This is the first book to offer an in-depth review of research pertaining to individuals with visual impairments across the full span of movement-related disciplines, from biomechanics and motor learning to physical education and Paralympic sport.
Each chapter highlights current research trends, future research directions, and practical implications in a key discipline or area of professional practice, drawing on empirical research evidence and opening up new avenues for cross-disciplinary working. Covering physical activity across the life course, from children and young people through to older adults, and addressing the important topic of deafblindness in some depth, the book goes further than any other book published to date on visual impairment and movement.
This is essential reading for all advanced students and researchers working in sport, exercise and disability, and an invaluable reference for practitioners and service providers, from in-service teachers and camp directors to physical therapists and physical activity promotion specialists.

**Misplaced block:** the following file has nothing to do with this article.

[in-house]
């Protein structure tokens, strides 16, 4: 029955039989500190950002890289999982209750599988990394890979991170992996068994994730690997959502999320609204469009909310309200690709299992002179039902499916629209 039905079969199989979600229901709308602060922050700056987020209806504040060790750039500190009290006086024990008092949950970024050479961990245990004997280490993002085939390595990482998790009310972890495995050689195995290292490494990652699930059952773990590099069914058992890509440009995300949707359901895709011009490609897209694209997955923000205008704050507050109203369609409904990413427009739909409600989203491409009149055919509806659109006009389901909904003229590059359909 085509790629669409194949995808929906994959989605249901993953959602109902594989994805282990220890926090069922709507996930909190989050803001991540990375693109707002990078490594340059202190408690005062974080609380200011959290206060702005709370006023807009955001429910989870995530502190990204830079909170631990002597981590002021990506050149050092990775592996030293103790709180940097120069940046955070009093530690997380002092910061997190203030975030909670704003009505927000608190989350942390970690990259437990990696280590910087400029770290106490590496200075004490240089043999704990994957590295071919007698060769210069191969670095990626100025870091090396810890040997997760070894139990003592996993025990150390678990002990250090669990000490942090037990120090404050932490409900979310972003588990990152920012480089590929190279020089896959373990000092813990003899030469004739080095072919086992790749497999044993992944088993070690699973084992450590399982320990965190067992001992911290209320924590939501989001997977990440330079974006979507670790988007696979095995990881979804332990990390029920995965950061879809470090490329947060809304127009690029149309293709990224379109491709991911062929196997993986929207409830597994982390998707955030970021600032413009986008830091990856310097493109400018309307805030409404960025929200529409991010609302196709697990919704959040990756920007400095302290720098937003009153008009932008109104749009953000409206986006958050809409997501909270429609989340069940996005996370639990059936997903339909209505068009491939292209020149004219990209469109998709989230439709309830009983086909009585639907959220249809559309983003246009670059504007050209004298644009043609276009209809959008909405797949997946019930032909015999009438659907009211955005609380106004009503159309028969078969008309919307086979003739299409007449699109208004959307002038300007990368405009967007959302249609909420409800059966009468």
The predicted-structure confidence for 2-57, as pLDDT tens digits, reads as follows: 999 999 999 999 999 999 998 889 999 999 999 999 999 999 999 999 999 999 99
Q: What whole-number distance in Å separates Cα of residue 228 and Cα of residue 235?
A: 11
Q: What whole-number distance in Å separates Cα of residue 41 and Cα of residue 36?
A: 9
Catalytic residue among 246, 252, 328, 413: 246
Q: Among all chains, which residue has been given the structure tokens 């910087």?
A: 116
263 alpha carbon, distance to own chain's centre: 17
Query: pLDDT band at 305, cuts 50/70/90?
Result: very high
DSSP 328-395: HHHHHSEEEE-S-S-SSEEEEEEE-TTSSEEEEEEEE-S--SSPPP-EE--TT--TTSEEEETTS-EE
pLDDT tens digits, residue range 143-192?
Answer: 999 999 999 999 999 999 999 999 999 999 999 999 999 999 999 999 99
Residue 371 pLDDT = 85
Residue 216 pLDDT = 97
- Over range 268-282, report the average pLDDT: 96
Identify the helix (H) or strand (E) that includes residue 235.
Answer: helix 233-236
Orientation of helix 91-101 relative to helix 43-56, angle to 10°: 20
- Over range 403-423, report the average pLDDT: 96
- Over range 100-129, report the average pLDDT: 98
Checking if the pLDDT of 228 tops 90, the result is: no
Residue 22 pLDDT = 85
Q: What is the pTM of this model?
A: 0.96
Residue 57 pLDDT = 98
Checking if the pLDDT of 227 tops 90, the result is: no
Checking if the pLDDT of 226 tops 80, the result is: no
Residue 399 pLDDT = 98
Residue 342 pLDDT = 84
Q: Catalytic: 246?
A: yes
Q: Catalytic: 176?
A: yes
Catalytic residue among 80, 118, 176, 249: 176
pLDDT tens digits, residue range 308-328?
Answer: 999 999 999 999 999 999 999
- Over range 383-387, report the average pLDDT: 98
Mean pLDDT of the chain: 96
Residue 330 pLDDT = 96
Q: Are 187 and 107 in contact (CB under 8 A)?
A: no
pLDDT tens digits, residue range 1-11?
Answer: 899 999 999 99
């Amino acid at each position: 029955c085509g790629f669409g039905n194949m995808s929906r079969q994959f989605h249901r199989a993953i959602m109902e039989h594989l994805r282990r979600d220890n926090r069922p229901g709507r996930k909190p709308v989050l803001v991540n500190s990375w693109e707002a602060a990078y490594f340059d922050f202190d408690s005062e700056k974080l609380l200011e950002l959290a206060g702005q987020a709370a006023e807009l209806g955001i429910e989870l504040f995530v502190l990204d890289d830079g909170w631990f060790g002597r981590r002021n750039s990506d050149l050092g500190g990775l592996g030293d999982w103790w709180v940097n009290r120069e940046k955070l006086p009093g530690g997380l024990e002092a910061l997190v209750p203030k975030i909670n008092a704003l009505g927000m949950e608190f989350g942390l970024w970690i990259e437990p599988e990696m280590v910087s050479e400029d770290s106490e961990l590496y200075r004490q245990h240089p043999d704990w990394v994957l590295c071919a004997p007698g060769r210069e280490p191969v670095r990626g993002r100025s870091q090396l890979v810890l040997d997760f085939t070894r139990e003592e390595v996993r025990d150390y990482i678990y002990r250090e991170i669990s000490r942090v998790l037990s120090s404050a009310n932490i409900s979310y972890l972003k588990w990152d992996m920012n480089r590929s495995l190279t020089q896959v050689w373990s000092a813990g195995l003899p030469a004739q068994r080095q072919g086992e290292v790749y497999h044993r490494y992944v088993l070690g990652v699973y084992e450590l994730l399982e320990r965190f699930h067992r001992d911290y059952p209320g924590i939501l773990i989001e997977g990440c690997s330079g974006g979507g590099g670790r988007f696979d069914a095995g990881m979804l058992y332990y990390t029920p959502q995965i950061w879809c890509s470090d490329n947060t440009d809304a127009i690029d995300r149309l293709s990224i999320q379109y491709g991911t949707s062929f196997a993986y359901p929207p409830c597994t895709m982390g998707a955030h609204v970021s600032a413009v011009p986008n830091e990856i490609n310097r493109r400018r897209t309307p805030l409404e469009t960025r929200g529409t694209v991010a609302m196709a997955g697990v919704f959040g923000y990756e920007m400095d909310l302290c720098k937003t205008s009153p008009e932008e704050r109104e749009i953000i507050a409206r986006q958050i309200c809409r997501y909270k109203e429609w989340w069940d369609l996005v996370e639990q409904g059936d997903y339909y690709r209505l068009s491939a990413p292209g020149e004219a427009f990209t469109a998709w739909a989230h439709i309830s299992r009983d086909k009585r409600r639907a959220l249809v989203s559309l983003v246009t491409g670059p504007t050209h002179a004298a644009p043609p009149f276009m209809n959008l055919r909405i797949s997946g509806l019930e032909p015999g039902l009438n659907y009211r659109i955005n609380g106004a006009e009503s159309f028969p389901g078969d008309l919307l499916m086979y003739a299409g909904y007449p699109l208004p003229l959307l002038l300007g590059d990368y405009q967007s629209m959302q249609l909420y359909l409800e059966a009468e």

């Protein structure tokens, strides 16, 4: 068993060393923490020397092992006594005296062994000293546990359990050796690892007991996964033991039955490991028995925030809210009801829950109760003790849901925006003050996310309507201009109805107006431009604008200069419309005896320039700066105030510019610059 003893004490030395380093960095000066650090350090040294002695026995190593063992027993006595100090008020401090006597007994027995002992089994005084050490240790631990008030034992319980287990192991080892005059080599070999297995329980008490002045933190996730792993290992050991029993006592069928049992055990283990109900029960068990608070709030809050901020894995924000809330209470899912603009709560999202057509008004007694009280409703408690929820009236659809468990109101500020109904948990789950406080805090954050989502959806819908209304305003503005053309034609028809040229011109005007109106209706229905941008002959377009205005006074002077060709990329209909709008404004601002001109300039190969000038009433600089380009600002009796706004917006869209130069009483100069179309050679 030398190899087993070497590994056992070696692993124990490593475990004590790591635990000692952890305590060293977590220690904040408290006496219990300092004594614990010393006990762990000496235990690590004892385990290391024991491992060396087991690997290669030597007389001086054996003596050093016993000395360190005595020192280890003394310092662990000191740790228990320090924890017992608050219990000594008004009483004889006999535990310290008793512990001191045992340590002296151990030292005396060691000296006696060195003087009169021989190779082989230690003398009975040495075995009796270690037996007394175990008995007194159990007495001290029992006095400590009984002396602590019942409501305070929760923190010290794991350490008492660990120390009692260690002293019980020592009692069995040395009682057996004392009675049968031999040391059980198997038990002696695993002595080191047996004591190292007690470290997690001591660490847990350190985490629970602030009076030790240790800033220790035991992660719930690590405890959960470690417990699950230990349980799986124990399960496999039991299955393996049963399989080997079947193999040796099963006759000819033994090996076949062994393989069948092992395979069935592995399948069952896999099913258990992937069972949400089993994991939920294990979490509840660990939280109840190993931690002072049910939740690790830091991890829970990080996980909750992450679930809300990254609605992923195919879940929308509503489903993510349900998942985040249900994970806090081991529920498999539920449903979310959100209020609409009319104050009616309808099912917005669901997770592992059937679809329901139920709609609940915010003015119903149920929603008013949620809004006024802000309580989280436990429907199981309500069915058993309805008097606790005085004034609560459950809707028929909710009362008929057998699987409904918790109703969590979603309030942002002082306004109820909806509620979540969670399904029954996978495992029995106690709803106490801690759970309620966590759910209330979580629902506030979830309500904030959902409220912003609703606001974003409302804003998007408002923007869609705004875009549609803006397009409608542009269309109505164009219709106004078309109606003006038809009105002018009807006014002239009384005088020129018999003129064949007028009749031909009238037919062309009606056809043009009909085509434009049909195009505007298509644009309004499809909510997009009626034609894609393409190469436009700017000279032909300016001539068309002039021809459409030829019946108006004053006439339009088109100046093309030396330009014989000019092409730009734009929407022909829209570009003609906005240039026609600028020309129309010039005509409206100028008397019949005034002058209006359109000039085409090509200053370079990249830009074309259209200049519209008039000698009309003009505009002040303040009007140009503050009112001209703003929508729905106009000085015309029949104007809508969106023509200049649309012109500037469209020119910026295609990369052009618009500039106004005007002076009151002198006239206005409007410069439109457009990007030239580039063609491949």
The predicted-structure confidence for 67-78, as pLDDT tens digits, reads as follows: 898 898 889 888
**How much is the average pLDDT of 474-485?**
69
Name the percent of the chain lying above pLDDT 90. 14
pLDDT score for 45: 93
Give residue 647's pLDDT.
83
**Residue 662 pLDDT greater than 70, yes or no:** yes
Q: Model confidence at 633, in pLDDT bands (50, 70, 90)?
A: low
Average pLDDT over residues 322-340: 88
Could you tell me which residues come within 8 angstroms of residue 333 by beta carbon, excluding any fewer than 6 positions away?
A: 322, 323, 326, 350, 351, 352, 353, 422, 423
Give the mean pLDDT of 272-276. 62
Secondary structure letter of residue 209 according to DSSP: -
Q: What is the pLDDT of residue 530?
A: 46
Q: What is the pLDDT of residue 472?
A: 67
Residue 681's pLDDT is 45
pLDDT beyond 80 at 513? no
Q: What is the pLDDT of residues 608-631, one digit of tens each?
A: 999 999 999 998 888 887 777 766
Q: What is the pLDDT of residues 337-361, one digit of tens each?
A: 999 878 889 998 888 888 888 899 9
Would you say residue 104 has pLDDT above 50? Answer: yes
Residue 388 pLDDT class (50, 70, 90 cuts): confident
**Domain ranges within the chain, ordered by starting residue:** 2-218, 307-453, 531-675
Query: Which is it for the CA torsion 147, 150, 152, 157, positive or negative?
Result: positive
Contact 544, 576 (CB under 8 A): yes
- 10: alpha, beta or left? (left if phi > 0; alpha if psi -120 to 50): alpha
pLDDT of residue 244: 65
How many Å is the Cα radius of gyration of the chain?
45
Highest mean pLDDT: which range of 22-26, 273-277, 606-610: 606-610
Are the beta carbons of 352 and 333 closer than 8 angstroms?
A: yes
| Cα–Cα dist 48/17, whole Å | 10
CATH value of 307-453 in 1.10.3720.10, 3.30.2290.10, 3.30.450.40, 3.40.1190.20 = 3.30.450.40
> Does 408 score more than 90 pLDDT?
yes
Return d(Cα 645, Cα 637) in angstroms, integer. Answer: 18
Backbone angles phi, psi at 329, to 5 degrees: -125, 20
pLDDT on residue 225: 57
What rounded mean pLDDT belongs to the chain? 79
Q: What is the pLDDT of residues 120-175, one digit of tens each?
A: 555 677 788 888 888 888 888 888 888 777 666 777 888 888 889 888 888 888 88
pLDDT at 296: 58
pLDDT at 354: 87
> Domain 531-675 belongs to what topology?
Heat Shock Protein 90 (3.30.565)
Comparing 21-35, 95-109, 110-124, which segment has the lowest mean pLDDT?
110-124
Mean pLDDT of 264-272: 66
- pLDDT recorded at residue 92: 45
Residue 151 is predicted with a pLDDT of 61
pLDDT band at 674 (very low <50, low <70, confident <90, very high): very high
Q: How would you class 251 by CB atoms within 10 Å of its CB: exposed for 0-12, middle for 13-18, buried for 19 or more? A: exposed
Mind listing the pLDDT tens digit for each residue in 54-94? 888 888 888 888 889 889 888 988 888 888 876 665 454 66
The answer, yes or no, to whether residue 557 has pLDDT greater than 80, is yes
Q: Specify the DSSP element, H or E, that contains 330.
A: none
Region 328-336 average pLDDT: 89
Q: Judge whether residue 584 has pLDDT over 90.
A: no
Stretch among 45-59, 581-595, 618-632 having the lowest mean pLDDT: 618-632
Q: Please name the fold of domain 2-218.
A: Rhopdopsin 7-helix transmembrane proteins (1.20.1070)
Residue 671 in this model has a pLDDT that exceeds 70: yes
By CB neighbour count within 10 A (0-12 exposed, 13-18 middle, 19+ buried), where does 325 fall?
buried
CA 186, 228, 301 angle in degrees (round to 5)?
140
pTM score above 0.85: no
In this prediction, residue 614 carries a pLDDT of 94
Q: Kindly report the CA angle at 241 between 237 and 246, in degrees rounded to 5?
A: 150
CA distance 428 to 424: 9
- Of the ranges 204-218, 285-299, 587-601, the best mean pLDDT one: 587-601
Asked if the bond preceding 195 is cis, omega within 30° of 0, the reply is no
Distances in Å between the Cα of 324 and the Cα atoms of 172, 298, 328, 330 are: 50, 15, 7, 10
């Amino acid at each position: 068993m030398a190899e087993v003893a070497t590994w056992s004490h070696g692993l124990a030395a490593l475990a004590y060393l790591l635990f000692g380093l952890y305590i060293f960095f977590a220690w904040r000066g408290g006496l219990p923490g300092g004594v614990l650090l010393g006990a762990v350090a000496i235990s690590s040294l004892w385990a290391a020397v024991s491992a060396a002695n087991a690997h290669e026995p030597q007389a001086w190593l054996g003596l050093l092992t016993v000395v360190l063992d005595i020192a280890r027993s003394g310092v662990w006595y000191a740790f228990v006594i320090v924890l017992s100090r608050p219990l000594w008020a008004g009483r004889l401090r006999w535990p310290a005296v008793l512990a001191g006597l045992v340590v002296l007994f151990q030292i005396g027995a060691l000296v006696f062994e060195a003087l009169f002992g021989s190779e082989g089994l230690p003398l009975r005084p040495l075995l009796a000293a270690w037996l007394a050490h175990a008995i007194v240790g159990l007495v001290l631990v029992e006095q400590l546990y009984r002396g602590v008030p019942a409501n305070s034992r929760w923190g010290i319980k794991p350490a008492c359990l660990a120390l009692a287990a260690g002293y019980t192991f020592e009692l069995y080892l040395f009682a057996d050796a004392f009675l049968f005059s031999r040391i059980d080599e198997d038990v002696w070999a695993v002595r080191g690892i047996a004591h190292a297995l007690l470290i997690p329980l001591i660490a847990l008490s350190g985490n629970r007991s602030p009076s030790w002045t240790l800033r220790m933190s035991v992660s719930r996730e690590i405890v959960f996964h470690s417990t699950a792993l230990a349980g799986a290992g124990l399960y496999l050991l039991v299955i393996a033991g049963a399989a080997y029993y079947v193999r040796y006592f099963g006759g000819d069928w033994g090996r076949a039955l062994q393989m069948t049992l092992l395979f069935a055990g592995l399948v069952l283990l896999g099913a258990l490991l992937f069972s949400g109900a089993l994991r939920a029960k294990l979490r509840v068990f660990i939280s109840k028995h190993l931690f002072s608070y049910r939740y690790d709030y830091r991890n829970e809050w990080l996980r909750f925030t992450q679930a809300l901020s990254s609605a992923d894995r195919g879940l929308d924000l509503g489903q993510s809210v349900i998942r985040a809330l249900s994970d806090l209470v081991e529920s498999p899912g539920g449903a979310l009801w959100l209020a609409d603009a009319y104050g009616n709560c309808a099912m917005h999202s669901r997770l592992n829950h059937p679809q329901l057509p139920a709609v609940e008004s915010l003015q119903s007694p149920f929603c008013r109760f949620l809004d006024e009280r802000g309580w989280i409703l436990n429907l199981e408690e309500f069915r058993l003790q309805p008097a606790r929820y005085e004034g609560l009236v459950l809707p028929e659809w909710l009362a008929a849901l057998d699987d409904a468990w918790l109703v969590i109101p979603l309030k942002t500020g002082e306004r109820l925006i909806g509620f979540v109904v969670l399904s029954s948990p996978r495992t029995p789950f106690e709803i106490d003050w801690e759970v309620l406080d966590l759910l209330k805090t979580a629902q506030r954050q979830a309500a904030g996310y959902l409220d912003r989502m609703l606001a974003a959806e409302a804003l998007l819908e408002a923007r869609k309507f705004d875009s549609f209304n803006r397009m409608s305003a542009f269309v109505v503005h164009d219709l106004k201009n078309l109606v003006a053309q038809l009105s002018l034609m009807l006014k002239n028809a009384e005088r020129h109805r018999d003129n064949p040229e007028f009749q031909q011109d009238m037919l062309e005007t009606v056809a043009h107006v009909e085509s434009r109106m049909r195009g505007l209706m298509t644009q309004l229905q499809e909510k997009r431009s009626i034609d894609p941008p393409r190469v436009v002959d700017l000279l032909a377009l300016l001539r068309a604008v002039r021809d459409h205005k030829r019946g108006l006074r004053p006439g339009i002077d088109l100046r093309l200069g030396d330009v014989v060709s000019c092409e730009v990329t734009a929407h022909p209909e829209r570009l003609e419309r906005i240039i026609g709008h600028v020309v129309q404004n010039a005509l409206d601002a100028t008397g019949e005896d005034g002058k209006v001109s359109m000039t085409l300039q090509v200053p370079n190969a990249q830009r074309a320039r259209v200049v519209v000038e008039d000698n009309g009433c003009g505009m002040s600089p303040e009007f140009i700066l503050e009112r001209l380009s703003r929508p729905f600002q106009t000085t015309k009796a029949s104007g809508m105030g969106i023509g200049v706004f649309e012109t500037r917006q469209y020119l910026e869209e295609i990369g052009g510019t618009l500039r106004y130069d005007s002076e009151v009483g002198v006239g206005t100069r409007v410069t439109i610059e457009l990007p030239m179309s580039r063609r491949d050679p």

Table of Contents
Justin A. Haegele
1 Motor Skill Development
2 Postural Control and Balance
3 Orientation and Mobility
Robert Wall Emersen
4 School-Based Physical Education
Justin A. Haegele and Xihe Zhu
5 Youth Sport and Recreation
Lauren J. Lieberman
6 Family-Based Physical Activity and Recreation
Benazir Meera, Heather Katz, Laura Prieto and Luis Columna
7 Visually Impaired Sport
8 Motivational Psychology in Physical Activity and Sport
9 Physical Activity and Exercise in Adults with Visual Impairments: Benefits, Level of Participation, Barriers, and Intervention Strategies
José Marmeleira & Luis Laranjo
10 Physical Activity, Fitness, Body Composition, and Well-Being among Persons with Visual Impairments
Liv Berit Augestad and Ingvild Vatten Alsnes
11 Perspectives from Biomechanics
Hunter J. Bennett
12 Technological Advances
13 Exercise, Physical Activity, and Older Adults
Amy E. Burton
14 Deafblindness and Movement
Justin A. Haegele is Associate Professor in the Department of Human Movement Sciences at Old Dominion University, USA. His research focuses within the interdisciplinary field of adapted physical activity, with a primary interest in examining how individuals with disabilities, in particular those with visual impairments, experience physical activity participation, including in school-based adapted physical education. Dr. Haegele is a Research Fellow with the Research Council of SHAPE and Associate Editor for Adapted Physical Activity Quarterly and Quest.